#element,
    .class1,
    .class2 {
    style: value;
    }

    then these rules need to be applied seperately in addRule by doing something like
    Code Block

    split(parts[i],',')

    and looping through the array.

    My code is different enough from that shown above so I don't want to post and cause confusion but mail me if you want a look.
    Friday, December 14, 2007 3:35 PM
  • Good catch.

     

    Friday, December 14, 2007 10:05 PM
  • Thanks for update!
    Javaman
    Tuesday, February 02, 2010 12:24 AM
  • Wonderful!

    I am using in http://www.atasozlerianlamlari.com web site and working very nice!

    Thank you for all!
    Friday, February 19, 2010 10:09 AM
  • Here's a second example that attempts to inject a SCRIPT tag, also considered to be NoScope by Internet Explorer, using innerHTML.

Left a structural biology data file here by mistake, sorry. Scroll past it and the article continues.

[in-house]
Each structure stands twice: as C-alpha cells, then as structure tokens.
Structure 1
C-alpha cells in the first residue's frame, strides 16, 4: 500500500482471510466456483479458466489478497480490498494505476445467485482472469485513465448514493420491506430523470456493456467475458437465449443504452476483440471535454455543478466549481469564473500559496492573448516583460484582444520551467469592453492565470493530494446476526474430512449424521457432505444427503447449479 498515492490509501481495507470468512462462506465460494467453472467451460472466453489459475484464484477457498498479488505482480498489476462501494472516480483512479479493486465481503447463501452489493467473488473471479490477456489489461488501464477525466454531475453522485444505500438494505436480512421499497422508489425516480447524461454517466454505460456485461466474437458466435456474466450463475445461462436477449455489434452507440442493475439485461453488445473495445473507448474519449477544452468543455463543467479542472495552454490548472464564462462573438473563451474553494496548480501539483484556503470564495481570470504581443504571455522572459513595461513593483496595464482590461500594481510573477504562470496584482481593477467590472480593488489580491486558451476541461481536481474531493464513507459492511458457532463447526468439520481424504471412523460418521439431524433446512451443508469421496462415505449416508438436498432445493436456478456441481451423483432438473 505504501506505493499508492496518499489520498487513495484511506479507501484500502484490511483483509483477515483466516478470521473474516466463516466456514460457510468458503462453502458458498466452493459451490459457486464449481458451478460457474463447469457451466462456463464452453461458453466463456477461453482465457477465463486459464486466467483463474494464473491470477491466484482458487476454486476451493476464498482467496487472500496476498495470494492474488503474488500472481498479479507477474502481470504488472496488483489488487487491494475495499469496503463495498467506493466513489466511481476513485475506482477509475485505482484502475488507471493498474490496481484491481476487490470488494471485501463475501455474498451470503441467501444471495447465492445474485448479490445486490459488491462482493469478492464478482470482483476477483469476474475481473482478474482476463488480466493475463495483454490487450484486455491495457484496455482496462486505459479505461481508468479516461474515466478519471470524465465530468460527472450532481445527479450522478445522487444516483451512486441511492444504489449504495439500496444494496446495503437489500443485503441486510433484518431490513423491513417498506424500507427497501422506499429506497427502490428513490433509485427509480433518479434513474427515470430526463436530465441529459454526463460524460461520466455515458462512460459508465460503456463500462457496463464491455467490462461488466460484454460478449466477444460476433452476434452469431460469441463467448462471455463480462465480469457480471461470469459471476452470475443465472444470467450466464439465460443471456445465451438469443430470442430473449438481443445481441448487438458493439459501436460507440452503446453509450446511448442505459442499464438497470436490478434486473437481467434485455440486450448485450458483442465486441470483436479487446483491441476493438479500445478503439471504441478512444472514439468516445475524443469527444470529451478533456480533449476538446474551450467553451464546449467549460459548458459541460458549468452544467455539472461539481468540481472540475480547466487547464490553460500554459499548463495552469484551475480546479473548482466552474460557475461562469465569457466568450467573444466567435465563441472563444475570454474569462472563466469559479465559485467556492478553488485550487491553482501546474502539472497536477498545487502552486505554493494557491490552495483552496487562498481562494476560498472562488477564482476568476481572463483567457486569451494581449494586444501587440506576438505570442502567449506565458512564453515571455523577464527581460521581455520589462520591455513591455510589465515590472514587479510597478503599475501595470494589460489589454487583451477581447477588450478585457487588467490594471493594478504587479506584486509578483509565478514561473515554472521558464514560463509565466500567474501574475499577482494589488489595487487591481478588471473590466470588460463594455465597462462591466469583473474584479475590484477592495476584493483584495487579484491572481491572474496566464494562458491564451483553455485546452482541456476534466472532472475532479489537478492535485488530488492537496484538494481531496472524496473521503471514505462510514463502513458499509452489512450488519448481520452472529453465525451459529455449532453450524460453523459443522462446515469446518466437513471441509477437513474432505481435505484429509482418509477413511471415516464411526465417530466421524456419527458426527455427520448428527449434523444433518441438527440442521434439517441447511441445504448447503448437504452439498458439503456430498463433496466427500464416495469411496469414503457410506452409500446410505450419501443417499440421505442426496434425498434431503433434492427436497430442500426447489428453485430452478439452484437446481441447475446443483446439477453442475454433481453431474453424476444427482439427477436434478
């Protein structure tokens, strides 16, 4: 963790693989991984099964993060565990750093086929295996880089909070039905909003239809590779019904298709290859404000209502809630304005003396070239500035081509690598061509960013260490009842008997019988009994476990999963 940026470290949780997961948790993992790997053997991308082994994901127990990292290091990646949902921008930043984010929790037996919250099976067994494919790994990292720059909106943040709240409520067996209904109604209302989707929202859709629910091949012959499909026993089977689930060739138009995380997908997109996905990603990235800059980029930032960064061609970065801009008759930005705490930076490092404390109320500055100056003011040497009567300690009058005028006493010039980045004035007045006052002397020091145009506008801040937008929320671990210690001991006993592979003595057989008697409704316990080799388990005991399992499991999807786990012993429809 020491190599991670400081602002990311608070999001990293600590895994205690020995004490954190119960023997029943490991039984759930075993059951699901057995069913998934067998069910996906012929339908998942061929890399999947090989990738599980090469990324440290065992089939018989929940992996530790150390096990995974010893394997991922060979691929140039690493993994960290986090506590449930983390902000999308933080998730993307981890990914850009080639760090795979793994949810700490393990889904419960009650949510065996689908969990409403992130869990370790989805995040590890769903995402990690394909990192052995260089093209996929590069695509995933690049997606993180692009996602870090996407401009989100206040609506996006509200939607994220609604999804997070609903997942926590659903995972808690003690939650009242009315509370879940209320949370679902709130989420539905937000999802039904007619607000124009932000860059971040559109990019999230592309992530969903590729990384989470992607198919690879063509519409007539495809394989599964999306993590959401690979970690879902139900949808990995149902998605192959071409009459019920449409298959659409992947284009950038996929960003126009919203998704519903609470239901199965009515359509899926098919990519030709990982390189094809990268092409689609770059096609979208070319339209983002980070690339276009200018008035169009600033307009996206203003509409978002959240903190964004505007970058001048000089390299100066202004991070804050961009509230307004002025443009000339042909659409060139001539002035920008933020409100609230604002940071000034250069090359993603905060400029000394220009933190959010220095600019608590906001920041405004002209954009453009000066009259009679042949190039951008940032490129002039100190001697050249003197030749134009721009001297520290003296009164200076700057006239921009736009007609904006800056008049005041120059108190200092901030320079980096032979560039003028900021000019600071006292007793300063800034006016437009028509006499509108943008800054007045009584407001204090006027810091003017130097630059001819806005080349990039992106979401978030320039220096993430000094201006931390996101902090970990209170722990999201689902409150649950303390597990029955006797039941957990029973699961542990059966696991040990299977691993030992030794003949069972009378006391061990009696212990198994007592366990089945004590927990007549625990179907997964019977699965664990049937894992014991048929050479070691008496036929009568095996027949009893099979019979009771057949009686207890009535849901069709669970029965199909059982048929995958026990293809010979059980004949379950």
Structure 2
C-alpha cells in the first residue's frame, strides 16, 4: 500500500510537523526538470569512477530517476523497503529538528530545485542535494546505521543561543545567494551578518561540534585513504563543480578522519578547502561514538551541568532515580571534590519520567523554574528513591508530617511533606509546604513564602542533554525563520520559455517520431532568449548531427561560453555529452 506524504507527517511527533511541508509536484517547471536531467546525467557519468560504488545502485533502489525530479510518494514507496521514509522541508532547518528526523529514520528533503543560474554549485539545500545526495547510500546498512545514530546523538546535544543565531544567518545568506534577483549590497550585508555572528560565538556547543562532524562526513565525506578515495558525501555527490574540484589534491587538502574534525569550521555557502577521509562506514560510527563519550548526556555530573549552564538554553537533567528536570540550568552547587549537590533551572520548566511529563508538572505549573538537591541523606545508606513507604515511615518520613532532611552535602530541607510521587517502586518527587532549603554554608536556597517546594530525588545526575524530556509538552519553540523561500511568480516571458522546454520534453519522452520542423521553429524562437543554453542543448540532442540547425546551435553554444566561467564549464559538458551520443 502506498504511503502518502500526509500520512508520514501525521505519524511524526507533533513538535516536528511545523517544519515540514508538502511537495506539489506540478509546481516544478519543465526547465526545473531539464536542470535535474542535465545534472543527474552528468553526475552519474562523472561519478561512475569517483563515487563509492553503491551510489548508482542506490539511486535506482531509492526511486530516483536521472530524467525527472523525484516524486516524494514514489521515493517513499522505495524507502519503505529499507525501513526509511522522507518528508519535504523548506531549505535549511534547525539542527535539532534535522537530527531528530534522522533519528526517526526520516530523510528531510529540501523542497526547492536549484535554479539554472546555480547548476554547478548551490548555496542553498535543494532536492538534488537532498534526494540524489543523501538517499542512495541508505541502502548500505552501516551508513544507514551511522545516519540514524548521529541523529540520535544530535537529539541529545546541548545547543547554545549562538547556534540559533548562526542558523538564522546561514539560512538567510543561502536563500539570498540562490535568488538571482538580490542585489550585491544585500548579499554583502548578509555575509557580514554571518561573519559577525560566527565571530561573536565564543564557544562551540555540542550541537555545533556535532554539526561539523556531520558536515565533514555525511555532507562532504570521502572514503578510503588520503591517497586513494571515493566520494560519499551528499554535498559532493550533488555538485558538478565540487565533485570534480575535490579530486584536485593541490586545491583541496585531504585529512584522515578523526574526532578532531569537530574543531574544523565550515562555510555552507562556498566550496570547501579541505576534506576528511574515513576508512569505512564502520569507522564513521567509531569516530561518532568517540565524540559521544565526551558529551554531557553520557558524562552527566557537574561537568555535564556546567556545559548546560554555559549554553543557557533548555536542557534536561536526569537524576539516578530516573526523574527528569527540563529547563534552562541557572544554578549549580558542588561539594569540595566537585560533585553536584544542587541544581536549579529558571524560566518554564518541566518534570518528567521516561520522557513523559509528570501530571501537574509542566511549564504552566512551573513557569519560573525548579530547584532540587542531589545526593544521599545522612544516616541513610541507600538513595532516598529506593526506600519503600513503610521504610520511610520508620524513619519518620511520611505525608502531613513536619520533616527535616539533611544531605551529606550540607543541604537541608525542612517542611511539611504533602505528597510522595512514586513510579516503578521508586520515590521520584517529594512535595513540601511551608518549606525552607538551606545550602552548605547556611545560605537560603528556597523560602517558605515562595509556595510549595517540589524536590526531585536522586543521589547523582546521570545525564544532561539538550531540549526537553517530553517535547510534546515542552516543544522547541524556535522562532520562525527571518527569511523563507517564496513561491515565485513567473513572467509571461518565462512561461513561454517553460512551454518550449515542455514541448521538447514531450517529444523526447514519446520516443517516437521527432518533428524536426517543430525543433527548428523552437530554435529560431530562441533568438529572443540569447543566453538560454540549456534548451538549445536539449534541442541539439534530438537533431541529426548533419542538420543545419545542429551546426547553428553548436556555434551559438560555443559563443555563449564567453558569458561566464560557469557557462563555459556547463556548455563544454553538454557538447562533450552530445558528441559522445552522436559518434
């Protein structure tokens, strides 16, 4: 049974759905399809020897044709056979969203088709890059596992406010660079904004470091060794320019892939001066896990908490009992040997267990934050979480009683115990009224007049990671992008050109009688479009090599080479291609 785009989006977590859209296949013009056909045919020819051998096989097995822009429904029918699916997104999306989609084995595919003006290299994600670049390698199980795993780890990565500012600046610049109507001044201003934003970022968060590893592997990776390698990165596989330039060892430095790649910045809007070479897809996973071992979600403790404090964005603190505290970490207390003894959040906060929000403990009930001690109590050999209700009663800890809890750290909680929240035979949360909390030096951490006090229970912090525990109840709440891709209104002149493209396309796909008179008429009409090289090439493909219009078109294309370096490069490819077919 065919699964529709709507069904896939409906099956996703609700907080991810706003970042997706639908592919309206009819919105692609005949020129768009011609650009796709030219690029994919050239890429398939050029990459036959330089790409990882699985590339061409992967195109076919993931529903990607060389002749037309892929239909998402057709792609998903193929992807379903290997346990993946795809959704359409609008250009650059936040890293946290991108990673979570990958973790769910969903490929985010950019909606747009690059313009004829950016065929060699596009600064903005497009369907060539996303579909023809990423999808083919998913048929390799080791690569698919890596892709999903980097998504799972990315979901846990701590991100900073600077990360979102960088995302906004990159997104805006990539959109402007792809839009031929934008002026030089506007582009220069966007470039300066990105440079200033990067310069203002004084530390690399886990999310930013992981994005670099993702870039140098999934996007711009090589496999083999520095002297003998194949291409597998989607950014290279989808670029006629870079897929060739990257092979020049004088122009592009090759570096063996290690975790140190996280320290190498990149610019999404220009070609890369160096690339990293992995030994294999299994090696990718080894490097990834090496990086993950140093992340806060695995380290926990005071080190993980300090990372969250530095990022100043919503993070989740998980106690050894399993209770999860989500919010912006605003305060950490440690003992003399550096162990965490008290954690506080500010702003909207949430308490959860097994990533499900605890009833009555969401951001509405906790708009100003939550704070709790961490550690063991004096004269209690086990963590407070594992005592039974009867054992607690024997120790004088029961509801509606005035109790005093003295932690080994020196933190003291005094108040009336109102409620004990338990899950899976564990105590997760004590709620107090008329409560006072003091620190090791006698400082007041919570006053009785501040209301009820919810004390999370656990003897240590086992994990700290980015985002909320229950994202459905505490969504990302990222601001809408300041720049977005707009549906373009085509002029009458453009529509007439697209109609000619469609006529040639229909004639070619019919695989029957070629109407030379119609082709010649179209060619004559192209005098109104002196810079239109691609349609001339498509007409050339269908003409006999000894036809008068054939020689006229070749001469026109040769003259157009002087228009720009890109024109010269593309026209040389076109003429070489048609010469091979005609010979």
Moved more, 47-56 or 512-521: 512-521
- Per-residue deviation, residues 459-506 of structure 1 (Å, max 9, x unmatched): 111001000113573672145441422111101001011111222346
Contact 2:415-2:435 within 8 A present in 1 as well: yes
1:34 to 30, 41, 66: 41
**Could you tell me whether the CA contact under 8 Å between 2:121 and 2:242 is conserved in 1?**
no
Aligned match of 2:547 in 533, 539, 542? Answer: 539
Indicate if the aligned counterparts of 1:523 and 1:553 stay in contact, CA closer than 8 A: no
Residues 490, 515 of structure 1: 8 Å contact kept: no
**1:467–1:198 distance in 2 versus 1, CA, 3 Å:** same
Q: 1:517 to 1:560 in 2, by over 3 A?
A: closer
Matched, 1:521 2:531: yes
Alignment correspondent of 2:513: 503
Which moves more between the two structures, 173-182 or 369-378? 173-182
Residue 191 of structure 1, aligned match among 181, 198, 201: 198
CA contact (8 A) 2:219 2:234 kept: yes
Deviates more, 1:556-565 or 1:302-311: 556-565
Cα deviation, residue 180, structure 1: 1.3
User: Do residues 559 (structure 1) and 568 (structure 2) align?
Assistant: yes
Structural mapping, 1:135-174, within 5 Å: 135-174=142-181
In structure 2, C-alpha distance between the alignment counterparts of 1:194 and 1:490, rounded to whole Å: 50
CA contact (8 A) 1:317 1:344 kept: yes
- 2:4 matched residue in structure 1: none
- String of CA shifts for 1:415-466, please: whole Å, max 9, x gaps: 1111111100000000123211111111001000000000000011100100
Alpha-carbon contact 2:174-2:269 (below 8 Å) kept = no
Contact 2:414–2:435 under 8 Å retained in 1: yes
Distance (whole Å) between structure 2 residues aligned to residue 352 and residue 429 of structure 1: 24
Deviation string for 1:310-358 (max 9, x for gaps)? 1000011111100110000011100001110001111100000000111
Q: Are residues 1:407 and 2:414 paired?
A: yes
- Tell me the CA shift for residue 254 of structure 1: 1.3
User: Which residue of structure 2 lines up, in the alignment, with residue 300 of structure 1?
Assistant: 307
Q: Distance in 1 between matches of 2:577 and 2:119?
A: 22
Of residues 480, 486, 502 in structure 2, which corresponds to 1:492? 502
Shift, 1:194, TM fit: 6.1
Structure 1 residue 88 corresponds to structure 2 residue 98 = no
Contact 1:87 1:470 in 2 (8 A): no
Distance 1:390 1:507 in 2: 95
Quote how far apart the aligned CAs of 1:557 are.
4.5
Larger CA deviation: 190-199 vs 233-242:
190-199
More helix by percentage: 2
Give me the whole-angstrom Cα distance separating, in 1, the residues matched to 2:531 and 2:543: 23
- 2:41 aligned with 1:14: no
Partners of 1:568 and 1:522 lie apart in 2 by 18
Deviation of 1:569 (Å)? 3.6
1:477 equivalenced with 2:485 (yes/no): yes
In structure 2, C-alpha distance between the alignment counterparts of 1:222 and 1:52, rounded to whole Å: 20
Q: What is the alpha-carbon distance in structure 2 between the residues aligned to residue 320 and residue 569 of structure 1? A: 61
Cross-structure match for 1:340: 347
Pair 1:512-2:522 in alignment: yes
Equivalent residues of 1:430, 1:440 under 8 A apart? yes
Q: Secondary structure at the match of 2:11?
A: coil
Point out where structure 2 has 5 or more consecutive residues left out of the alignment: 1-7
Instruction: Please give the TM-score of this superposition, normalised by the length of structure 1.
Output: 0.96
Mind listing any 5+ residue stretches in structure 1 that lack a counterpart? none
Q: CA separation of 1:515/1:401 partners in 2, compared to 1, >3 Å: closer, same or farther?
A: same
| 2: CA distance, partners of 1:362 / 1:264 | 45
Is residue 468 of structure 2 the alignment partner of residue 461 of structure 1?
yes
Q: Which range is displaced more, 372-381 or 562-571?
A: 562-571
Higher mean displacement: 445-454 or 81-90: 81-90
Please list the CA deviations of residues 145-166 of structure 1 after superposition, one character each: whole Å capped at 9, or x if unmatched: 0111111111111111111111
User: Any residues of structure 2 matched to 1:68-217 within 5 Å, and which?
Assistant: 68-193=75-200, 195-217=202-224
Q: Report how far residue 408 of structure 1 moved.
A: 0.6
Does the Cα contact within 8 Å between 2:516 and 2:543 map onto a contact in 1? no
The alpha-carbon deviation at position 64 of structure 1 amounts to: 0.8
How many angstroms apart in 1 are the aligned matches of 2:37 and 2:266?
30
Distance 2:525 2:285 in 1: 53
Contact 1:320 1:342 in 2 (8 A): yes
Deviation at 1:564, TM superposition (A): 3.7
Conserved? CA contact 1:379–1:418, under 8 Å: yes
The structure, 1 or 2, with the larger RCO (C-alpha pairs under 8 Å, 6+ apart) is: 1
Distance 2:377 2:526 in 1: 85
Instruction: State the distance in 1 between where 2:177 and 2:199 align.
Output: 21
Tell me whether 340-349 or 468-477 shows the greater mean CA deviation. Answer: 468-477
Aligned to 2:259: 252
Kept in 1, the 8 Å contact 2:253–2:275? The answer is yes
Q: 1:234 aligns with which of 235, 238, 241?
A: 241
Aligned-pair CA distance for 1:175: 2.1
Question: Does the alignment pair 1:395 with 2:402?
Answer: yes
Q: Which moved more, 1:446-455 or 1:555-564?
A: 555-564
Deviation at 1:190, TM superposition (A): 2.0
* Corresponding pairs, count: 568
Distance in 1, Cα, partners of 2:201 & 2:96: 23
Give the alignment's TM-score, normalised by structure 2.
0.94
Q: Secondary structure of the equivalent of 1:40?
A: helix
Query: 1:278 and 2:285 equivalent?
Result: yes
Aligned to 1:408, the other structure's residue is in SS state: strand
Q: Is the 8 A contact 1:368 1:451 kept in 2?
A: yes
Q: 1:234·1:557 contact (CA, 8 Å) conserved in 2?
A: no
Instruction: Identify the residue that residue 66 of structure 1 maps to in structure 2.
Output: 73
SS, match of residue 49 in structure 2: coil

<SCRIPT type=text/javascript>
    alert(document.documentElement.outerHTML);
    document.getElementById("injectionDiv").innerHTML='<script defer>alert("hello");</' + 'script>';
    alert(document.documentElement.outerHTML);
    </SCRIPT>

    I have used an alert to show me the before and after effects. As it turns out, the source of the page doesn't change at all.

    To work around this situation, just insert a dummy element (for example, a hidden input field) before the opening SCRIPT tag.

    document.getElementById("injectionDiv").innerHTML='<INPUT type=hidden> <SCRIPT defer>alert("hello");</' + 'script>';

    </SCRIPT>


    It is good for reference, Thanks!
    Tuesday, September 14, 2010 1:55 AM